Meanwhile he was up against a woman with a proven track record serving the community. She stuck to her message and brought a positive progressive set of ideas to the discussion.
The image true or not is like pitting Mother Teresa against Attila the Hun.
You get the picture.
The most striking thing was the percentage of the vote distribution. All polls were saying the Liberals had a 13% lead.
The result was different the NDP just over 49% to the Liberals 40%. if the Liberals plan to bring the government down they do so at their peril.
Before anyone gets too happy about the Green Vote collapse don’t read a lot into it as a window into the future. If the NDP vote holds anything near 45% it would spell trouble for the Liberals this time. Why? More and more business people are in the transition to new technology and many see the Green Party as a vehicle to invoke meaningful change. So what did the bye election prove? All it proved is politically we live in interesting times
Hiring a fire chief for up to $130 thousand
Purchasing a new fire truck
A new fire truck with aerial capabilities could be cost $1 million dollars.
Ensuring compliance with new provincial training standards
Complete review of volunteer vs paid part time work for the majority of Osoyoos Firefighters
Mayor Sue McKortoff says the plan will not be instituted in the first year as it is designed to be acted upon in a five year period.
The Master Plan states a new full pay fire chief position is essential to the success of the plan.
The Town of Osoyoos will charge any new Cannabis Store a $500 business license. This on a split vote Monday with the decision called punitive according to Councillor Brian Harvey.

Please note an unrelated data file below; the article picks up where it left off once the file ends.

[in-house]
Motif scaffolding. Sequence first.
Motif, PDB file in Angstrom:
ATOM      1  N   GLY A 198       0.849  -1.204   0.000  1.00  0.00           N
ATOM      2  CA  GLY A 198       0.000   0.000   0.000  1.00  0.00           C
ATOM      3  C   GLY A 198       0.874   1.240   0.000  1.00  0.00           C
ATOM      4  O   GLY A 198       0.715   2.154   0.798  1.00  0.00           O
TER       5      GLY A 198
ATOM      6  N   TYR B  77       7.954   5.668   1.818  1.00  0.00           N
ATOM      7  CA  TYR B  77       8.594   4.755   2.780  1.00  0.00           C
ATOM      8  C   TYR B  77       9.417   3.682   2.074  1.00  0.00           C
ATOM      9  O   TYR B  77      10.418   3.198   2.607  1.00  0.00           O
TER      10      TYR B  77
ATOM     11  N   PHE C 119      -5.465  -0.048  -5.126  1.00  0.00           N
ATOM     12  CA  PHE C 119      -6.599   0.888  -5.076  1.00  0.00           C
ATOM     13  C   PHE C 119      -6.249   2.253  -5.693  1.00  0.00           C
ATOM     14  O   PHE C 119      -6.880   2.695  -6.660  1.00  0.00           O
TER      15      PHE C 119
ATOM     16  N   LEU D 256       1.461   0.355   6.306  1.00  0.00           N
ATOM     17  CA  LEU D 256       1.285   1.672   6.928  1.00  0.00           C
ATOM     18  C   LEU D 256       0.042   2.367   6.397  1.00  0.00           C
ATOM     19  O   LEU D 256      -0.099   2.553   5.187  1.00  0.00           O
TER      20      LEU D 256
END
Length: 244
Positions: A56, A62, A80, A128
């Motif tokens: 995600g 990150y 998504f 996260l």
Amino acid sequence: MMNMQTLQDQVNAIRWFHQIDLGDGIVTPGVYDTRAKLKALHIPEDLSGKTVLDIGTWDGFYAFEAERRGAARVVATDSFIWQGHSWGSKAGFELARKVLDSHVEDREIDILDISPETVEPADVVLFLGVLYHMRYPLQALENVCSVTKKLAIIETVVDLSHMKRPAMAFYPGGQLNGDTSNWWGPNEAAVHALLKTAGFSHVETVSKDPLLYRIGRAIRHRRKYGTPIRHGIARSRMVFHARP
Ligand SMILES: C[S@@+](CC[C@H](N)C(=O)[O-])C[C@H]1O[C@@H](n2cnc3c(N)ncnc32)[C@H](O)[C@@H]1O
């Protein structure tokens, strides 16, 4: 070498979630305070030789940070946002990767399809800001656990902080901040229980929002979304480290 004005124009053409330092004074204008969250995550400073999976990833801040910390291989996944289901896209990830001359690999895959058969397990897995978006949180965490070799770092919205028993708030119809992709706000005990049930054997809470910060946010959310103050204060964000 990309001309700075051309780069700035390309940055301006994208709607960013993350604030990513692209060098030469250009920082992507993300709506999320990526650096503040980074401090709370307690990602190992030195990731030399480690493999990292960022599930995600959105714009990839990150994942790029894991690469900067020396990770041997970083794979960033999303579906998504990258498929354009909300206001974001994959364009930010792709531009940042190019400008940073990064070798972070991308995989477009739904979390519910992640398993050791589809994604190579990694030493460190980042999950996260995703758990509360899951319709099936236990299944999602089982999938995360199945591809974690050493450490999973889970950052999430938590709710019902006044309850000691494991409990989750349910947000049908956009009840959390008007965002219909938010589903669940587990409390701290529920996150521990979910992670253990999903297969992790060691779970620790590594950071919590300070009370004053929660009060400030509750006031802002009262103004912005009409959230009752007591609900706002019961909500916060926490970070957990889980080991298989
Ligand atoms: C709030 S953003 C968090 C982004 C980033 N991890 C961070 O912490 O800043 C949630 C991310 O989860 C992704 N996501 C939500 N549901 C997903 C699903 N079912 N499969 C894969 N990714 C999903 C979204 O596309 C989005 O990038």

Two weeks one of the councilors was on vacation and could not phone into a regular meeting – so in that case the same issue came up and two motions were defeated.
1. One for a fee of $500 and a second motion for $300.
2. Councillor Harvey was supported in his motion by Councillor CJ Rhodes who stated it appears that Osoyoos was not welcoming these new businesses.
Planner Gina MacKay stated that time was of the essence in that the provincial government could approve the first business within a month and the amendment bylaw needs three readings and adoption over the course of several regular meetings.
MacKay also stated that all business license fees will be reviewed in the near future. CAO Barry Romanko told council that there was one distinction between a drug store and a cannabis store. Romanko says drug stores issued prescribed drugs not recreational drugs.
Motions passed Monday
1. Osoyoos Town Council approves the improvements to the Child Care as noted in the grant application to the 2019 Community Child Care Space Creation Program, as needed to meet
the obligation noted in Article 4(c) of the Lease between the Town and the Center.
2. Osoyoos Town Council approves providing support for the planned improvements being made to the Child Care Center noted in the 2019 Community Child Care Space Creation Program
Grant application and further agrees to provide overall grant management for the approved funds.
The Center is applying to the BC Government for a grant to enable an addition to the facility. The grant is a 100% funded to a maximum of a million dollars, which enables the creation of additional child care spaces. Currently there is waitlist to enroll a child in the Center’s program.
The Center’s grant application would enable the following improvements to the building:
For $900 Thousand to add 3,200 sq.ft of space over 2 floors
For the Community
The Center is providing a needed service in the community and currently has a wait list of persons looking to have their children enrolled in the Center’s services. The addition will create additional spaces, enable more children to enroll and make the community a more attractive
place to reside for young families.
For the Organization
The Town must make the application and agree to grant management.